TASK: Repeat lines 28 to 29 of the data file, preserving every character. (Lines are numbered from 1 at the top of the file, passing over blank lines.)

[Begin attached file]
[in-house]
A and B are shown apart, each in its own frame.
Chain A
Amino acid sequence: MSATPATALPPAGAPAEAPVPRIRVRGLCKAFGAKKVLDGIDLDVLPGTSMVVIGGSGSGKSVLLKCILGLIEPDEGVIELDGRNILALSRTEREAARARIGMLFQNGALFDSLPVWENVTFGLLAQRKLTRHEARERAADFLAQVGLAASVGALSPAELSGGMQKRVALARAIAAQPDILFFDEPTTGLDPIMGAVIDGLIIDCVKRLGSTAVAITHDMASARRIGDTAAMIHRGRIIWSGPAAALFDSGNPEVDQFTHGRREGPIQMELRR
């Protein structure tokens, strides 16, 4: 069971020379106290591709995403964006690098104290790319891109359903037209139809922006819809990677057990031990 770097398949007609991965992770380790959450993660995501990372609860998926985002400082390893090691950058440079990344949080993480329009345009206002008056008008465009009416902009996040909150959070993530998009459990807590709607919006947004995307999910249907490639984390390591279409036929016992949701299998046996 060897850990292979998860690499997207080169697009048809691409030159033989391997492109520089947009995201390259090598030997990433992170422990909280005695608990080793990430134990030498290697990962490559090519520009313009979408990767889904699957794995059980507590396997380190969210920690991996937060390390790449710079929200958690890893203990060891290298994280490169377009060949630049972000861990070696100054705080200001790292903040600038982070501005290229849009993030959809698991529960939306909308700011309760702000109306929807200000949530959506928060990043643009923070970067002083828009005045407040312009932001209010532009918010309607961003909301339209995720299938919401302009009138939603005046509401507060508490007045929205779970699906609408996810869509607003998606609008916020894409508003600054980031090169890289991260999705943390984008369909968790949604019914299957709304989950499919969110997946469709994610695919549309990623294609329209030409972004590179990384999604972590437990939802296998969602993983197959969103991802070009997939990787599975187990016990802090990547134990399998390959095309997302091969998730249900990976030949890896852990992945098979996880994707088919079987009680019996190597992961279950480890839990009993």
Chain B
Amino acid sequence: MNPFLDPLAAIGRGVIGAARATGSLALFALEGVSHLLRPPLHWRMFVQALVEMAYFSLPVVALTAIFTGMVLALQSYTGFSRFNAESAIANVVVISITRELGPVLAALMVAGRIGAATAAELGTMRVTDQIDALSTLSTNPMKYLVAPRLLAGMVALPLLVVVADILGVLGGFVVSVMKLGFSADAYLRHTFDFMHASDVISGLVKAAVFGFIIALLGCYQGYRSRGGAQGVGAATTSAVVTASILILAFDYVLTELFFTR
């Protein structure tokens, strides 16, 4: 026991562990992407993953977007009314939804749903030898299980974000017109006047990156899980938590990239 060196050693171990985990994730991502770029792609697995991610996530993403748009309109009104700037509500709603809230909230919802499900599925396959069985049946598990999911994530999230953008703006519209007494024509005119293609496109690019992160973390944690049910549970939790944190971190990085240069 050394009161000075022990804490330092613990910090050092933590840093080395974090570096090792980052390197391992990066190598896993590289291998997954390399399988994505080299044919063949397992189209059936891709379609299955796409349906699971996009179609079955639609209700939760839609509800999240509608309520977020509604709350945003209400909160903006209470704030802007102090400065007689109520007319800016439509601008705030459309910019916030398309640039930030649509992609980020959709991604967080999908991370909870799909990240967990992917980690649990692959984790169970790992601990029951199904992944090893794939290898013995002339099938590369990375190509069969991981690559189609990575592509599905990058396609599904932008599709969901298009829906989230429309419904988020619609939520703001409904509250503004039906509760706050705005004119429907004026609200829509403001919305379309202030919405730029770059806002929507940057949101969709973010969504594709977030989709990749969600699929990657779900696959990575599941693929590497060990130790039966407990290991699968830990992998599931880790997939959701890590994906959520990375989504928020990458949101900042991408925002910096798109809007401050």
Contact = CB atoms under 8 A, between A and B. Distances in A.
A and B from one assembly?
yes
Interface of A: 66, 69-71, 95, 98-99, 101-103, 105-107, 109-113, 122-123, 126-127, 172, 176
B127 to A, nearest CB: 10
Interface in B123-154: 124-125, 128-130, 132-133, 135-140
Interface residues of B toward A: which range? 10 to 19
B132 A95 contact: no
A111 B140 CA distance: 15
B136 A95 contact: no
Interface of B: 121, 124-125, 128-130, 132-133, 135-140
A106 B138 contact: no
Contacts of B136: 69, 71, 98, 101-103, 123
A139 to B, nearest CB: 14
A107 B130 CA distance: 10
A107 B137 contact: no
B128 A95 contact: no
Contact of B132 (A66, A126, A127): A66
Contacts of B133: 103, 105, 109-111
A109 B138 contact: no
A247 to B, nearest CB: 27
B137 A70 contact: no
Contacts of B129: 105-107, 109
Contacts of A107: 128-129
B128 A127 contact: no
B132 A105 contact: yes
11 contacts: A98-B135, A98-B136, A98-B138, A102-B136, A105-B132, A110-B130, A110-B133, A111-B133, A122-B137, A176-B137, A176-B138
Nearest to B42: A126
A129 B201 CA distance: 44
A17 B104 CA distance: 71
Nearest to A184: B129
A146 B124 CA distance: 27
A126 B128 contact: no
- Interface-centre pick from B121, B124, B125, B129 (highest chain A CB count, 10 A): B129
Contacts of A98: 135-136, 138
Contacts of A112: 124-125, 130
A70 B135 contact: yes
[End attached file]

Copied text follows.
A109 B138 contact: no
A247 to B, nearest CB: 27